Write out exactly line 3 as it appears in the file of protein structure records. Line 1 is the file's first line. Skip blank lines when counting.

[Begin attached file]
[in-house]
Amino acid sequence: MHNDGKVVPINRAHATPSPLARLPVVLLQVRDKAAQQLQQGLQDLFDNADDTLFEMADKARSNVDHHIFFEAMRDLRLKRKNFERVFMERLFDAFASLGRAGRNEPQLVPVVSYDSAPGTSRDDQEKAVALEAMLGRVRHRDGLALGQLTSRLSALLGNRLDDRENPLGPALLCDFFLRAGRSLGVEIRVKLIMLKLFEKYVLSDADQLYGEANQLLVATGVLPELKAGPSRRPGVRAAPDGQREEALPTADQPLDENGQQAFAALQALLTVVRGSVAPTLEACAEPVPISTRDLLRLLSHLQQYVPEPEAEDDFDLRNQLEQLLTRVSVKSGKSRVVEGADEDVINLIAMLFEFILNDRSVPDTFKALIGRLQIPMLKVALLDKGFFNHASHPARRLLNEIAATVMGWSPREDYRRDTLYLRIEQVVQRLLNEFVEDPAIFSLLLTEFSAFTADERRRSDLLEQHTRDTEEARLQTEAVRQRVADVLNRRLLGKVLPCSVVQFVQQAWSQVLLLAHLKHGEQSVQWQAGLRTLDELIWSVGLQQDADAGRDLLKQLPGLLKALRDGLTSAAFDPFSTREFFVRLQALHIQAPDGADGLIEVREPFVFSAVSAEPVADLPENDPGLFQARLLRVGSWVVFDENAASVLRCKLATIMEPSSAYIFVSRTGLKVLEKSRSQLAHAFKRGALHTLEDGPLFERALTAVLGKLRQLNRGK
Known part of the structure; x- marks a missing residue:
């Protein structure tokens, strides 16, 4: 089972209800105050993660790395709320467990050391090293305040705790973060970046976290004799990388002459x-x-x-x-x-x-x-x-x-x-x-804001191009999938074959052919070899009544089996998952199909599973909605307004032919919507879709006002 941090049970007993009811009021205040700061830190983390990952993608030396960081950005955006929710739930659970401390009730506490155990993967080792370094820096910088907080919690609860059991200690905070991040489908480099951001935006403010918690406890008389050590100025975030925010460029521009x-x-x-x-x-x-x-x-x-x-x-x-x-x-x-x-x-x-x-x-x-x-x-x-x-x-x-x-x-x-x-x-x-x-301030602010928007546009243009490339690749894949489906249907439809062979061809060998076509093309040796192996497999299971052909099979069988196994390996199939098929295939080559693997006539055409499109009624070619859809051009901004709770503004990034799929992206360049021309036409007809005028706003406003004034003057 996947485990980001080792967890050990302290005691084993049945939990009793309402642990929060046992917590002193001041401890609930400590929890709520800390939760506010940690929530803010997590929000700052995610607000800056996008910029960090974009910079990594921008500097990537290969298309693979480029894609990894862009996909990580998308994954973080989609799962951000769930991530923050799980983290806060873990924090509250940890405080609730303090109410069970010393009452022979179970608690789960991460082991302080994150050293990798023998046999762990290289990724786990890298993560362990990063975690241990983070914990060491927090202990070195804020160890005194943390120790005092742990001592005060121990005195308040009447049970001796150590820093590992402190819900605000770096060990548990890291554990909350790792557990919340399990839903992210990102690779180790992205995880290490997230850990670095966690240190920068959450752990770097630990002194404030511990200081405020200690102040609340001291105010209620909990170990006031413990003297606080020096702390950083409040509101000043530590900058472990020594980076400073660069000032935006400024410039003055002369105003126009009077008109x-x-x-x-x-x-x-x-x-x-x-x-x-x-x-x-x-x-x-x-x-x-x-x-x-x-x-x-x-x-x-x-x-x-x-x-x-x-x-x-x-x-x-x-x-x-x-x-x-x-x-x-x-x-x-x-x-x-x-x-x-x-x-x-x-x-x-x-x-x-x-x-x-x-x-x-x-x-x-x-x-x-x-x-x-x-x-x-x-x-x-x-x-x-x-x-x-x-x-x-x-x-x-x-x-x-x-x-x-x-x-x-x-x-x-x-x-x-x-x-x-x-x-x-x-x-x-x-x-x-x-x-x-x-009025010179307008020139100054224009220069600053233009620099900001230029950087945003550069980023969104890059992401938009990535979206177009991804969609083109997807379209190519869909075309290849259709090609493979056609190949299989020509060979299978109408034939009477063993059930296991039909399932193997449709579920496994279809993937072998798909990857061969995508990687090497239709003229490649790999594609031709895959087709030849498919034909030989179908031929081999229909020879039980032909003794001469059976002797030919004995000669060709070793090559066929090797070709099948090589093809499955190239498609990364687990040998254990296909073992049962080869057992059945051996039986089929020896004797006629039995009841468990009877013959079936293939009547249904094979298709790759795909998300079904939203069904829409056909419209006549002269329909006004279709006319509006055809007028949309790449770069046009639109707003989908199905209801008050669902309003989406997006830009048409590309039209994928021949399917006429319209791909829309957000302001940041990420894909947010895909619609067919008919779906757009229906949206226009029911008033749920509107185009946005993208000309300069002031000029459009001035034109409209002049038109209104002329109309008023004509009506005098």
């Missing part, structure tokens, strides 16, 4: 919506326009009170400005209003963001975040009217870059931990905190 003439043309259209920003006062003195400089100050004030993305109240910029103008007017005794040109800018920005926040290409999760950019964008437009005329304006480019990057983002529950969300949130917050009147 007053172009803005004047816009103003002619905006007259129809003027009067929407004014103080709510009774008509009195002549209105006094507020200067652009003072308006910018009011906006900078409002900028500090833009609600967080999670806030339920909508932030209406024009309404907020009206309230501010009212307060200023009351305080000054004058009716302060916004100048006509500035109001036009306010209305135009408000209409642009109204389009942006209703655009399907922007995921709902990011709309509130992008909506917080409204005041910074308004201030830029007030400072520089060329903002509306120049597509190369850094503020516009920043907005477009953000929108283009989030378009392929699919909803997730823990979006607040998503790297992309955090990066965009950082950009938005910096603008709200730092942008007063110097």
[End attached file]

Known part of the structure; x- marks a missing residue: